WHO urges Nigeria, Africa to wipe out vaccine derived polio virus
• We Are On Threshold Of Fostering An Evolution In Health Sector- Ehanire
Following the eradication of the wild polio virus in the country, the World Health Organisation (WHO) has called on Nigeria and Africa to work together to defeat Circulating Vaccine Derived Polio Virus (cVDPVs) outbreaks and protect against Wild Polio Virus (WPV) importation through increased vaccination coverage and strengthening disease surveillance.
It also emphasised the need to be vigilant to prevent resurgence of wild polio virus, given that the disease has not been eradicated globally, as 102 wild polio virus cases have been reported in Pakistan and Afghanistan this year.
Speaking at the World Press conference, organised by the Federal Ministry of Health and the National Primary Healthcare Development Agency (NPHCDA) in Abuja, WHO Country Representative, Dr. Walter Kazadi Mulumbo, disclosed that the continent is faced with the continued threat of vaccine derived polio viruses – 16 countries are experiencing circulating vaccine derived polio virus outbreaks.
Mulumbo noted that the declaration and certification of Nigeria and Africa as wild polio virus-free is a massive public health achievement, made possible by the leadership and commitment of governments, global polio partners, traditional and religious institutions, frontline health workers and vaccinators.
He said: “It is a moment to celebrate the many individuals that worked tirelessly to make this milestone possible. The certification demonstrates what Nigeria and other African countries can accomplish, when goals are backed by strong political commitment.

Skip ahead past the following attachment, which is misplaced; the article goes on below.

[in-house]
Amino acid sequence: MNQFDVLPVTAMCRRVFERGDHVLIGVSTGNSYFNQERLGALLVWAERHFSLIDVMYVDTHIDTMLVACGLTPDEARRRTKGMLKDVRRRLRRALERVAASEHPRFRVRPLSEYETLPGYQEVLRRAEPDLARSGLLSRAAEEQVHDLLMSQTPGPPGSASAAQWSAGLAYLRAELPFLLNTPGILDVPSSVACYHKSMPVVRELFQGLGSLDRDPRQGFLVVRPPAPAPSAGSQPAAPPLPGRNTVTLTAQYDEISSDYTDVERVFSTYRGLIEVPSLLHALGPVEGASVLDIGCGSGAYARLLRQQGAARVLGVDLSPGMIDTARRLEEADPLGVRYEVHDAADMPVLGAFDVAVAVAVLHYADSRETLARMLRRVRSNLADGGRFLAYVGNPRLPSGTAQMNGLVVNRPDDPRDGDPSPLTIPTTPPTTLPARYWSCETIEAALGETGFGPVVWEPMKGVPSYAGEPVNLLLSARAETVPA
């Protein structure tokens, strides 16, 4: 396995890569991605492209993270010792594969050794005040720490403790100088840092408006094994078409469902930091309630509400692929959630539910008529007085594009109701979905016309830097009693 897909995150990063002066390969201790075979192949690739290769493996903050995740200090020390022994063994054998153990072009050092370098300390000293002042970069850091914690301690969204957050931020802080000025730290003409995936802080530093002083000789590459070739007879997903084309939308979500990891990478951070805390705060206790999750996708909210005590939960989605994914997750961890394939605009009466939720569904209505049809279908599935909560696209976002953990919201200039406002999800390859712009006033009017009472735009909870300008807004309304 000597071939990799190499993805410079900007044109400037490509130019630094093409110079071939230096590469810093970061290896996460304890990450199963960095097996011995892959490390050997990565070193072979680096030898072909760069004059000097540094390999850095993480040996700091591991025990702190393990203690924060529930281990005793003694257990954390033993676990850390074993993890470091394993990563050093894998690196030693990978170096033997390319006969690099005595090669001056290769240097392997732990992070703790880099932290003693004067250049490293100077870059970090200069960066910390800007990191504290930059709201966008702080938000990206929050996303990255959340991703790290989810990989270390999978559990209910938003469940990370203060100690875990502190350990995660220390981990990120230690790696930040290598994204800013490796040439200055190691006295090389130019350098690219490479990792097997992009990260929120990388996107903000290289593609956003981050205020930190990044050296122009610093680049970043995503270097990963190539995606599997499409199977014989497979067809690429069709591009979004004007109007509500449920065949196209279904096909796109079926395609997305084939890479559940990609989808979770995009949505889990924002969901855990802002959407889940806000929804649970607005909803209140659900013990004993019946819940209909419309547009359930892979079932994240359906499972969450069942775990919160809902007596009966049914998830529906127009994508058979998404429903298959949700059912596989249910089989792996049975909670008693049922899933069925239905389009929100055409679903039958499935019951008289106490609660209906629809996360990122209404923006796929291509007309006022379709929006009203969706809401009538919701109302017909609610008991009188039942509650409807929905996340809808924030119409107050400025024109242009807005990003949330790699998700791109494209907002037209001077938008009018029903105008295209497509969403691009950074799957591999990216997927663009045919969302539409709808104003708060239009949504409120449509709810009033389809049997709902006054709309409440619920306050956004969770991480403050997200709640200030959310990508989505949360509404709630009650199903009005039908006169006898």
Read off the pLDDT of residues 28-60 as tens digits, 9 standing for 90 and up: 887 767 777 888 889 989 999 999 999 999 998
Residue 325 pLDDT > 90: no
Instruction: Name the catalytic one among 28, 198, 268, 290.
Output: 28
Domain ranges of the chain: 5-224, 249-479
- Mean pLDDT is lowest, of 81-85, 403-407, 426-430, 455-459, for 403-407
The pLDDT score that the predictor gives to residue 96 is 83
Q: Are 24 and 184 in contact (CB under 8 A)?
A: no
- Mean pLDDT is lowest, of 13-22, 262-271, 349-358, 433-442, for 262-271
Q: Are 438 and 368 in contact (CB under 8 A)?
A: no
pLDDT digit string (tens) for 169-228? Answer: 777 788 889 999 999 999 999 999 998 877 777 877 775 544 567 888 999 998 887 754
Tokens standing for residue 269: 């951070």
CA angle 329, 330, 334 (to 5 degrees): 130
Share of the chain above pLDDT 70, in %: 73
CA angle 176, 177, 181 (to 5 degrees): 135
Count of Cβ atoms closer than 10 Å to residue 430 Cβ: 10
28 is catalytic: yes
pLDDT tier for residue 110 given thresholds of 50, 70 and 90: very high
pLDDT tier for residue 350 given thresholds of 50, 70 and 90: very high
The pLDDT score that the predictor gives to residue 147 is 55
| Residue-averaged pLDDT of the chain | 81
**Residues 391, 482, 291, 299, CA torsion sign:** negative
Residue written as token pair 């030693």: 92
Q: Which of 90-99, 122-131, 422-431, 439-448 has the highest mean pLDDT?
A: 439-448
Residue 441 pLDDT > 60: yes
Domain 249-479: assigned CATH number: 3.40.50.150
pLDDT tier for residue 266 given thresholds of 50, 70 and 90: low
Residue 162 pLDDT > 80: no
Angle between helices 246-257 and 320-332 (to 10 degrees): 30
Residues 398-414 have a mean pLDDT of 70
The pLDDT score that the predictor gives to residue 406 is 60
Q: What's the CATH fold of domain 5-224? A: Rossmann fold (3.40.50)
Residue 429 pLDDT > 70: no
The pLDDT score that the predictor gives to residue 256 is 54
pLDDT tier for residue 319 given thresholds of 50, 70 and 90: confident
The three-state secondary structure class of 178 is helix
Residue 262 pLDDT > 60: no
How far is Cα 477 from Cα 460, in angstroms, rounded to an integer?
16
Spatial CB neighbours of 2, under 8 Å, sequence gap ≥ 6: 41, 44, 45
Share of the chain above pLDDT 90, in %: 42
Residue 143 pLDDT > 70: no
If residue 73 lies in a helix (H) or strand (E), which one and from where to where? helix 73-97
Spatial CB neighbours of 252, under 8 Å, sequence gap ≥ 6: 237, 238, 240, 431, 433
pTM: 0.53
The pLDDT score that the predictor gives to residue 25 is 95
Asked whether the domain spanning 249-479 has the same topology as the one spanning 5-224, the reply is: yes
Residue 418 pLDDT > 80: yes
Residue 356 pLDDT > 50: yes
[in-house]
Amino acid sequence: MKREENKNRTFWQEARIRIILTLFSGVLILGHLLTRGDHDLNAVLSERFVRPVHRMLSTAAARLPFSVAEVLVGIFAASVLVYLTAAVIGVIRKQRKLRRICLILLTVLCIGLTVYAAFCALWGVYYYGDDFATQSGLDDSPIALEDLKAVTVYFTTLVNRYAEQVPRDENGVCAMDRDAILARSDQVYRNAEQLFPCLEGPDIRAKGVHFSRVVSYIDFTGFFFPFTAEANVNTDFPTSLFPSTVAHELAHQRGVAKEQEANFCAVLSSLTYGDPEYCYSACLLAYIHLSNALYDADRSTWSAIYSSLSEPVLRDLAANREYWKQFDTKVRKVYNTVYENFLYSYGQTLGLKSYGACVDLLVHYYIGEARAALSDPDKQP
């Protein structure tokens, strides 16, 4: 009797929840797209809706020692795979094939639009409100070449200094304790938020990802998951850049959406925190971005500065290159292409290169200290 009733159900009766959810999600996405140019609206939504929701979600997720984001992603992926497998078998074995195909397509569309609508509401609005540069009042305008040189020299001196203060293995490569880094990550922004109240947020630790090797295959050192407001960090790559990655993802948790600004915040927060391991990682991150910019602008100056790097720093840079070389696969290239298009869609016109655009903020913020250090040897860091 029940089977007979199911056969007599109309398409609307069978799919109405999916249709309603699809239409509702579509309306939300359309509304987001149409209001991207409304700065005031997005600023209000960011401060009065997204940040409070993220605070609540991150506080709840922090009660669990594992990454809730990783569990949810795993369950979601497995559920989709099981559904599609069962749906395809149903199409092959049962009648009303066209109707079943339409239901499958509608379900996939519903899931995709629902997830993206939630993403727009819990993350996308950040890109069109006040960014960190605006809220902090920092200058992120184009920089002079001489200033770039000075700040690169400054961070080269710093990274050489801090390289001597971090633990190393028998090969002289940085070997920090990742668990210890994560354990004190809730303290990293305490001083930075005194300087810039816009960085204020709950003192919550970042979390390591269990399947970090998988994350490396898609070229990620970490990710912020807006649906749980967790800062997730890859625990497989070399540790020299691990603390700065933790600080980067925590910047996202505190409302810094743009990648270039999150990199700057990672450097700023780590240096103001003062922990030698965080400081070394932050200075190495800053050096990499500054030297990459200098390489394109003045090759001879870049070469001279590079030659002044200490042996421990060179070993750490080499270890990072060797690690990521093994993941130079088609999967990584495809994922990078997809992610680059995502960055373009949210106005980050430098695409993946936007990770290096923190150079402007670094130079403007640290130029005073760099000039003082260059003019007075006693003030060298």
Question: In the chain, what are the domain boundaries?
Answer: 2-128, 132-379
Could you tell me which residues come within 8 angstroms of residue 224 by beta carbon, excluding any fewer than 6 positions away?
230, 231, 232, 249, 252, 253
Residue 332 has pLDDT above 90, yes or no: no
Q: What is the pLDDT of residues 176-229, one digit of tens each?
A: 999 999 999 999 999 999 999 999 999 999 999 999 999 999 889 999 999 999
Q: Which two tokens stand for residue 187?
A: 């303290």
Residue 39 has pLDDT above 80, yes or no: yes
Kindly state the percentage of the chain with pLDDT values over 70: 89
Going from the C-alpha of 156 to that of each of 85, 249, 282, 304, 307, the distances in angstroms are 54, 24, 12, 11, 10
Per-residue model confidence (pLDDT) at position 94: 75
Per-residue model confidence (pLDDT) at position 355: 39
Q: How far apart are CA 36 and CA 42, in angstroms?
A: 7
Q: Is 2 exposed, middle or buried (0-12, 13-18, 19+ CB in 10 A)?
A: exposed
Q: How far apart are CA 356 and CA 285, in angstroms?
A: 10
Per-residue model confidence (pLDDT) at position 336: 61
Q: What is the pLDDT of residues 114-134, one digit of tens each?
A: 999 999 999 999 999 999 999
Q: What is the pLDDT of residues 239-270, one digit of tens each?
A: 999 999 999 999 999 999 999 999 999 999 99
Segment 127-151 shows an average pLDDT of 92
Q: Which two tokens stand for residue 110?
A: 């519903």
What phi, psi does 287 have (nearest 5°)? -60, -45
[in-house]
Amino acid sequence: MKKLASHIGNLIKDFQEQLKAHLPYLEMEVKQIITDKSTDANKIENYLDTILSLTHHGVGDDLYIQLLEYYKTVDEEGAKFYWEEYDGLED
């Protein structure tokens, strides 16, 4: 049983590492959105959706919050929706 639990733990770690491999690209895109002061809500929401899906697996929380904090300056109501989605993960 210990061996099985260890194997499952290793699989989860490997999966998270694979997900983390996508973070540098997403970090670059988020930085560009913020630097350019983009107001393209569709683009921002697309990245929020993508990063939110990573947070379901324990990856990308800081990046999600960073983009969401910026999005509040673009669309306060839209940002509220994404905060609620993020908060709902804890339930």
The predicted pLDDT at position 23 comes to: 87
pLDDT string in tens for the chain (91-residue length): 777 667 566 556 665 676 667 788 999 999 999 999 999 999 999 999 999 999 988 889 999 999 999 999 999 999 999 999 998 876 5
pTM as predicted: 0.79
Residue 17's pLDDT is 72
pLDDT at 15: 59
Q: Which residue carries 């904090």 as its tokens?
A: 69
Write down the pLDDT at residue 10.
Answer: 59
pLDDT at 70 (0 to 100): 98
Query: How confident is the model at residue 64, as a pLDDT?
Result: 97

“Nigeria’s battle with wild polio has been long and complex. I, therefore, commend the Government of Nigeria for the steadfast commitment in leading a massive national effort over the past couple of decades… Nigeria is lauded for several innovations that were devised to address prevailing challenges under the strong coordination of the National Polio Emergency Operations Centre. The lessons and expertise from the Nigeria experience have been useful to address other disease outbreaks and are currently being deployed to strengthen routine immunisation and primary health care.”
The Minister of Health, Dr. Osagie Ehanire, stated that declaring Nigeria a polio virus-free state is particularly significant for the country, coming at a time it is on the threshold of fostering an evolution in the health sector, built on revelations and opportunities provided by the COVID-19 outbreak and inspired by President Muhammadu Buhari’s leadership.
Ehanire noted that along with smallpox, the wild polio virus would be the second successful eradication of a virus disease from Nigeria in the past 40 years.
“This gives the government the confidence that, if we deploy lessons learnt and use the tools and management structures acquired, we can build and strengthen our Primary Health Care network to sustain the tempo and gains for the broader aspiration for our health sector, which is to wipe out other vaccine preventable diseases.”
He recalled that the journey to end polio in Nigeria, started in 1988, had been long, laborious and costly.
Ehanire noted that the Federal Government, through NPCHDA, has mapped out various polio assets across the country and started deploying them for the purpose of other disease interventions.
He urged state governors to support this effort and begin to implement the transition of the experienced polio human resources for Health, to other areas of the health sector, especially at primary care level.
Executive Secretary of the National Primary Healthcare Development Agency, Dr. Faisal Shuaib said the country was able to eradicate the wild polio virus, due to the great statesmanship shown by President Buhari, when in 2016, he released N9.8b for polio eradication.
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